Although, the recommendations put forward by the Institute for Integrated Transitions for targeting donor assistance to improve economic productivity are useful, there was overemphasis on the Security Sector & Rule of Law (SSR) sector as opposed to the employment sector–ironically, the very criticism that emerged within the report targeting international experts.  In contrast to Libya and Yemen, both heavily-dependent on US security assistance, Tunisia’s transition resulted in militarization of  groups.  Consequently, a weapons smuggler sympathizing with Salafi extremists, assassinated Mohammed Brahmi and Chokri Belaid –which goes back to the growing smuggling business described earlier.

Nonetheless, given that Tunisia’s revolution represents the least violent transitions among transitional Arab countries, we can see how many would anticipate assistance as a positive “boost”.  However, there is a  body of evidence argues that donor assistance often triggers violence: “higher risk of civil war in those countries that have much wealth, but where a large share of the population is potentially excluded from accessing it,” says the Journal of Peace Research.  Tunisia is not at the brink of civil war, but Tunisia did revolt against a system where ‘a large share of the population is potentially excluded from accessing it’.  Technical and financial assistance considers ‘north-south’ dynamics, right?

Meanwhile, the renewed protests signify how the original issues remain sidelined as donor assistance deals with the parallel world that does not intersect with the underlying causes.  Training police forces does not address their fundamental , problematic role in a security state, which requires police reforms.  Why not imagine a different for international NGOs to provide support–especially since funding sectors unrelated to employment are not equally impactful on transitional societies.     Four observations highlight how donor assistance missed out on facilitating more impact by glossing over key drivers of Tunisia’s revolution:

  1. Absorptive Capacity: The absorption capacity in spurts mirrors the challenges witnessed in moments of state emergency.  As noted in the report, unfortunately, conferences served as the easy way to spend funds while allowing the opportunity to claim accomplishments, e.g., training, publicity, and overall “territory marking”.
  2. Assistance Avoided Economic Related Challenges: Given the large amounts of assistance, it was frustrating to see that ‘generating employment’ did not focus on how to mainstream informal economy.  There was no mention of international experts nor NGOs that could claim ownership of the leading problem: growing employment within the formal economy.  Since the challenge of ‘generating employment’ appeared daunting, none of the donor assistance programs felt that they could even approach labor activists or associations that have vested interests in addressing economic solutions.  Instead international experts went for low-hanging fruit first.  For example 20 NGOs targeted assistance towards media and human rights by meeting with unions and five media conglomerates–whereas 18 NGOs targeting assistance towards primary challenges, like employment, interacted with only three actors in the private sector and no unions.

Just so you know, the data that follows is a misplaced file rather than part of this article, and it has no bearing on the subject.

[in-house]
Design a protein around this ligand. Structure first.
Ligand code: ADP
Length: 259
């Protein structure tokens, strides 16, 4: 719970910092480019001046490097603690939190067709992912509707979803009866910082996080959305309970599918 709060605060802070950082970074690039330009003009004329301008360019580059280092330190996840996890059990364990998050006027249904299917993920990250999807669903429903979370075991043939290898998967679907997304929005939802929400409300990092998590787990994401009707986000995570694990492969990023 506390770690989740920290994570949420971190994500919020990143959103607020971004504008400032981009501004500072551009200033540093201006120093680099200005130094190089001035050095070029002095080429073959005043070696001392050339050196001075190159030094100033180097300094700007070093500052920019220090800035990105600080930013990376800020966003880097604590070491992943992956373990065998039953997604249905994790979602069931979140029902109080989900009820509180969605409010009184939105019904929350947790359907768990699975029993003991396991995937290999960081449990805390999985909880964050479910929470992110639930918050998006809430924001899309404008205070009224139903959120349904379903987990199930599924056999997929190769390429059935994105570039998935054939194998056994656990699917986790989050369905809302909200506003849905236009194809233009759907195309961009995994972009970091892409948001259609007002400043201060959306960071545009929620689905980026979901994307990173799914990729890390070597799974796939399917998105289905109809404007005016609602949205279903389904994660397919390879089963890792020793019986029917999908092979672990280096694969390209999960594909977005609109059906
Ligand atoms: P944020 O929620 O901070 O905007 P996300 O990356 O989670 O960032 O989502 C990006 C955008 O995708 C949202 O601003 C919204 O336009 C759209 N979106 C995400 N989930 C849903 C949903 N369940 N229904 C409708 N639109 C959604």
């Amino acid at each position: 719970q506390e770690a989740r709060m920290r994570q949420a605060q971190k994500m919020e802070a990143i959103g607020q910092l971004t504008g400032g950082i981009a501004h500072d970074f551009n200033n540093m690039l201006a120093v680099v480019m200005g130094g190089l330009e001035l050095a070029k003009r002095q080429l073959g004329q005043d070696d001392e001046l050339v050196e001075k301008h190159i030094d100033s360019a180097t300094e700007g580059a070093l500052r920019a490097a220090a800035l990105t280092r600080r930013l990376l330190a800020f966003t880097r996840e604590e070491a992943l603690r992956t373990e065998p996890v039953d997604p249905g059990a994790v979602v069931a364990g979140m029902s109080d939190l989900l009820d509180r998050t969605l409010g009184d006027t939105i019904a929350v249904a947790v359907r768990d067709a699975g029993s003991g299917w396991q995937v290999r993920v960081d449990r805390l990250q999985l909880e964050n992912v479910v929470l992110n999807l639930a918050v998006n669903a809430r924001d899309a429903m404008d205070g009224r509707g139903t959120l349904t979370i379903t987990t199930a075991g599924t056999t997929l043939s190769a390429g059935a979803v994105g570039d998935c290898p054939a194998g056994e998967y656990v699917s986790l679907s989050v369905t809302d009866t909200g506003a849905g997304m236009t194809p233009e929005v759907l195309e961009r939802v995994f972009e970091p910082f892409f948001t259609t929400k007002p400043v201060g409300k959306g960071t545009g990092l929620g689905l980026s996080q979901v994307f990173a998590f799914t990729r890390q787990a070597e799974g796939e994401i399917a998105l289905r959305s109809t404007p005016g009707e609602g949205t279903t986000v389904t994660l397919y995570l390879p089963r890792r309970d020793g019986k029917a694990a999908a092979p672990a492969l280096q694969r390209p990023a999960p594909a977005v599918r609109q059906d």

3. Donor Savior Complex Emerges in Media Sector Reform:  Not surprised that media training hyper-focused on “blogger” expansion when investigative reporting is more crucial in both addressing the political transition process as well as providing a more structured outlet for gainful employment.  Who pays bloggers?  In a field that is largely self-taught (and clearly advanced in Tunisia), providing loads of training in this field is not an effective allocation of resources if it does not generate employment.
  4. Hyper-Focus on Security: The IFIT report highlighted the limited supply of SSR experts for police reform, which also mirrors the problems of monopsony in that only five institutions(UNESCO,the ICRC, FRANCOPOL,OHCHR, and DCAF) could deliver modern SSR and police training programs suited to Tunisia” and that Interior Ministry “ministry officials criticized the predilection for pre-packaged models of assistance based  more on suppositions than actual needs,” reported IIT. There is a need to cleaving police law and order from larger security-military culture reform.  Rather than reinforcing boiler-plate model at the state level, SSR issues need to incorporate the province level experience.    For example, elevate local NGOs to the debate and engagement level. Civil society groups that focus on police brutality should be recognized for what they are: neighborhood watch groups.  At the same time, dealing with police brutality through civilian dialogues moves away from hyper-security state.  Dr. Jebnoun elaborates on the types of security reform needed and how to implement vis a vis the new constitution.

Unlike Yemen and Libya, foreign donor assistance targeted low-impact issues, like social media training, rather than addressing economic reform and development areas that have triggered protests in Tunisia again.  Meanwhile, the upswing of Tunisian’s smuggling magnify the economic –not security–concerns that preceded its revolution.  Had donor assistance ventured into the youth employment sector, as deeply as the security sector, to identify growth sectors, the informal economy “opportunities” (smuggling) may have been averted.  Moreover, it would also bolster other Maghreb countries’ intra-regional trade opportunities.  Tunisia is not only the first of the transition economies in the Arab world, but proves crucial in leveraging its own economy to bolster intra-regional trade, a key challenge shared by Libya, Algeria, and Morocco.